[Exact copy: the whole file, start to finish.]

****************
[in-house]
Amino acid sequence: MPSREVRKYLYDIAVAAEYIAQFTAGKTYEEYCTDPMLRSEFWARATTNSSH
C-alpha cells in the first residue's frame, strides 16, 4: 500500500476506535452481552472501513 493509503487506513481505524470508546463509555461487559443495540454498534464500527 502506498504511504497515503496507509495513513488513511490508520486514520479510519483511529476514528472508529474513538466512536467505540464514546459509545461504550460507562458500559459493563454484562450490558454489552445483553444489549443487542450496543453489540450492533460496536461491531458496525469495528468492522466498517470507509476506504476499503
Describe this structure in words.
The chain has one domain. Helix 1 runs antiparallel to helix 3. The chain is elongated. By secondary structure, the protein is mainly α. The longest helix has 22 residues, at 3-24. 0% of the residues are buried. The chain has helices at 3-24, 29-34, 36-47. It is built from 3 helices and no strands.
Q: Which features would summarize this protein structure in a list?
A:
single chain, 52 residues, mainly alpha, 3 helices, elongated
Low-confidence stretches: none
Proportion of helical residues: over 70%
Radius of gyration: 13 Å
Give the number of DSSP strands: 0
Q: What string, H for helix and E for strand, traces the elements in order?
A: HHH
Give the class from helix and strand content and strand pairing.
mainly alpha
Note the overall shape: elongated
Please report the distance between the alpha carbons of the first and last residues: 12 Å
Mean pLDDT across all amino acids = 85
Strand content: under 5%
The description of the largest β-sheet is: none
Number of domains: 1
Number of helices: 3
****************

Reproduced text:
[in-house]
Amino acid sequence: MPSREVRKYLYDIAVAAEYIAQFTAGKTYEEYCTDPMLRSEFWARATTNSSH
C-alpha cells in the first residue's frame, strides 16, 4: 500500500476506535452481552472501513 493509503487506513481505524470508546463509555461487559443495540454498534464500527 502506498504511504497515503496507509495513513488513511490508520486514520479510519483511529476514528472508529474513538466512536467505540464514546459509545461504550460507562458500559459493563454484562450490558454489552445483553444489549443487542450496543453489540450492533460496536461491531458496525469495528468492522466498517470507509476506504476499503
Describe this structure in words.
The chain has one domain. Helix 1 runs antiparallel to helix 3. The chain is elongated. By secondary structure, the protein is mainly α. The longest helix has 22 residues, at 3-24. 0% of the residues are buried. The chain has helices at 3-24, 29-34, 36-47. It is built from 3 helices and no strands.
Q: Which features would summarize this protein structure in a list?
A:
single chain, 52 residues, mainly alpha, 3 helices, elongated
Low-confidence stretches: none
Proportion of helical residues: over 70%
Radius of gyration: 13 Å
Give the number of DSSP strands: 0
Q: What string, H for helix and E for strand, traces the elements in order?
A: HHH
Give the class from helix and strand content and strand pairing.
mainly alpha
Note the overall shape: elongated
Please report the distance between the alpha carbons of the first and last residues: 12 Å
Mean pLDDT across all amino acids = 85
Strand content: under 5%
The description of the largest β-sheet is: none
Number of domains: 1
Number of helices: 3